Ocwen Financial Monday responded to investors’ allegations that the Atlanta mortgage servicer defaulted on its agreement to collect payments on $82 billion worth of home loans, saying the claims were “baseless.”

Ocwen, one of the nation’s largest mortgage loan servicers, under fire from regulators for mishandling foreclosures, is now also in investors’ crosshairs. Investors owning at least 25% of voting rights for 119 mortgage-backed securities deals “sent a so-called notice of non-performance to trustees for the bonds, saying that the company has failed to meet its requirements as a loan servicer while shifting the costs of regulatory-probe settlements to them,” according to Bloomberg. The investors want Ocwen removed as servicer of the loans.

Ocwen said in a press release that its attorney Richard A. Jacobsen sent a letter to the investors’ attorney, Kathy Patrick, stating that all of the servicer’s mortgage loan modifications, including principal reductions, are designed to be net present value positive, which “makes sound economic sense.”

“Your letter obscures the ultimate objective of your investor clients: to stop servicers from modifying loans and force them to foreclose on and evict as many struggling homeowners as quickly as possible,” Jacobsen wrote. “While knee-jerk foreclosures may redound to the special economic interests of your clients, they are not in the best interests of the trusts as a whole, not consistent with industry practice, and therefore prohibited under the servicing agreements.”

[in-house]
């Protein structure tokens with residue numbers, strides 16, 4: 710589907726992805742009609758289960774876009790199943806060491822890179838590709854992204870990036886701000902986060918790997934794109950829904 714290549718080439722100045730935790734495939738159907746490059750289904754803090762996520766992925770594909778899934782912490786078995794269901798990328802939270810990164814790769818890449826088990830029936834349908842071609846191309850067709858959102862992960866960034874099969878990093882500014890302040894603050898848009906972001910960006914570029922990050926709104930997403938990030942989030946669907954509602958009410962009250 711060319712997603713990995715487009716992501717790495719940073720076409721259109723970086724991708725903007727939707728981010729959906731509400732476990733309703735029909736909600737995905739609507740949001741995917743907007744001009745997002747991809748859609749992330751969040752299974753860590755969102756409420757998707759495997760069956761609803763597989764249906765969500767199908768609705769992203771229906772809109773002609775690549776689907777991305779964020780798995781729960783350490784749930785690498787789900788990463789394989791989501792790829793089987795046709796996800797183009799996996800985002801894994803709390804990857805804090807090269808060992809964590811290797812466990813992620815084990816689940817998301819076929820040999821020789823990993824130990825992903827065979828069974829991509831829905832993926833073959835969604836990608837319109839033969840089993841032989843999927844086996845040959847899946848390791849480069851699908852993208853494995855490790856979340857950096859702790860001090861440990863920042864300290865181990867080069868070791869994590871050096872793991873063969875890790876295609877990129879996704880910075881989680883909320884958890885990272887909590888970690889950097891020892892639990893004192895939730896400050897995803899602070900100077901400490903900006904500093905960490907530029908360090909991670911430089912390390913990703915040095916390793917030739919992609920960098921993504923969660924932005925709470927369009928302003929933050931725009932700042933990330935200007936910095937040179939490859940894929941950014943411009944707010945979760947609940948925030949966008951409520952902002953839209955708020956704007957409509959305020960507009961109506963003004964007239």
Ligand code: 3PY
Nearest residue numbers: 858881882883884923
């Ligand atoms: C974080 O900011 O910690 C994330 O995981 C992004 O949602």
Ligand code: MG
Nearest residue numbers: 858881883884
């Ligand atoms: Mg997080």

Jacobsen wrote that the investors’ “ill-conceived effort” to force foreclosures was part of an overall industry-wide “pro-foreclosure campaign” that has been criticized by numerous national housing, consumer protection, and civil rights groups “as anti-consumer and contrary to good public policy.”

A Reuters article Monday said that Patrick sent a letter to Ocwen in response, saying that firm was resorting to “false attacks” rather than responding to the investors’ legitimate questions over how the company modifies mortgages. She claimed that Ocwen’s modifications re-default at higher rates than comparable loans with other servicers and can result in higher, not lower, payments for borrowers.

The investors also object to Ocwen using trust funds to “pay” its borrower relief obligations under the 2013 national mortgage settlement, Patrick wrote, according to Reuters.

The chairman of Ocwen, BIll Erbey, stepped down in mid-January. In addition, a hedge fund creditor is claiming Ocwen is in default on $925 million in debt. Last, Friday, Ocwen agreed to pay $2.5 million and retain an auditor to review its mortgage-servicing practices in a settlement with the state of California.

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